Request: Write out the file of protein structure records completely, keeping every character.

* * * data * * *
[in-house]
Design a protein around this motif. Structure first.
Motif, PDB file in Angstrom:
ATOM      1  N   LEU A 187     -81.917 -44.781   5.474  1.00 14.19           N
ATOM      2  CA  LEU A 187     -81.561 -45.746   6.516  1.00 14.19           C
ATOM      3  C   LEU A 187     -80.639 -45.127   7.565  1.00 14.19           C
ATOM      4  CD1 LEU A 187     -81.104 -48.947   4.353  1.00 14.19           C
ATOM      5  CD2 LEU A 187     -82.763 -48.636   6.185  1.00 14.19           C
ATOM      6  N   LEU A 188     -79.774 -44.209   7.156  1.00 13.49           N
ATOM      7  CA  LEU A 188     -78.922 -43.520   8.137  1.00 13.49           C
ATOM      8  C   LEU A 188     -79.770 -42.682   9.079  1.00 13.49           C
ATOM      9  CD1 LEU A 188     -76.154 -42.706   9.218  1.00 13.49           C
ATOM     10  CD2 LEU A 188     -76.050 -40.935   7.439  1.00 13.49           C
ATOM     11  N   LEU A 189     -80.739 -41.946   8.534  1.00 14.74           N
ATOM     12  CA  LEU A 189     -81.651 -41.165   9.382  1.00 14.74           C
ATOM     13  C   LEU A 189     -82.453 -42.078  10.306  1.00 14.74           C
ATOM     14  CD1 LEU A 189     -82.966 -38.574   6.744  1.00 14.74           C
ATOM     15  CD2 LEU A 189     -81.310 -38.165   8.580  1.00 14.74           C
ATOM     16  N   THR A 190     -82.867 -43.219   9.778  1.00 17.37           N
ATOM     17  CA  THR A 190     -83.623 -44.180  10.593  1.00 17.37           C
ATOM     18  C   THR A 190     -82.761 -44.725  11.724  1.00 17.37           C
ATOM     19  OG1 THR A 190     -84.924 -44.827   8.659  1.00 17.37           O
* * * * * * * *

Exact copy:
[in-house]
Design a protein around this motif. Structure first.
Motif, PDB file in Angstrom:
ATOM      1  N   LEU A 187     -81.917 -44.781   5.474  1.00 14.19           N
ATOM      2  CA  LEU A 187     -81.561 -45.746   6.516  1.00 14.19           C
ATOM      3  C   LEU A 187     -80.639 -45.127   7.565  1.00 14.19           C
ATOM      4  CD1 LEU A 187     -81.104 -48.947   4.353  1.00 14.19           C
ATOM      5  CD2 LEU A 187     -82.763 -48.636   6.185  1.00 14.19           C
ATOM      6  N   LEU A 188     -79.774 -44.209   7.156  1.00 13.49           N
ATOM      7  CA  LEU A 188     -78.922 -43.520   8.137  1.00 13.49           C
ATOM      8  C   LEU A 188     -79.770 -42.682   9.079  1.00 13.49           C
ATOM      9  CD1 LEU A 188     -76.154 -42.706   9.218  1.00 13.49           C
ATOM     10  CD2 LEU A 188     -76.050 -40.935   7.439  1.00 13.49           C
ATOM     11  N   LEU A 189     -80.739 -41.946   8.534  1.00 14.74           N
ATOM     12  CA  LEU A 189     -81.651 -41.165   9.382  1.00 14.74           C
ATOM     13  C   LEU A 189     -82.453 -42.078  10.306  1.00 14.74           C
ATOM     14  CD1 LEU A 189     -82.966 -38.574   6.744  1.00 14.74           C
ATOM     15  CD2 LEU A 189     -81.310 -38.165   8.580  1.00 14.74           C
ATOM     16  N   THR A 190     -82.867 -43.219   9.778  1.00 17.37           N
ATOM     17  CA  THR A 190     -83.623 -44.180  10.593  1.00 17.37           C
ATOM     18  C   THR A 190     -82.761 -44.725  11.724  1.00 17.37           C
ATOM     19  OG1 THR A 190     -84.924 -44.827   8.659  1.00 17.37           O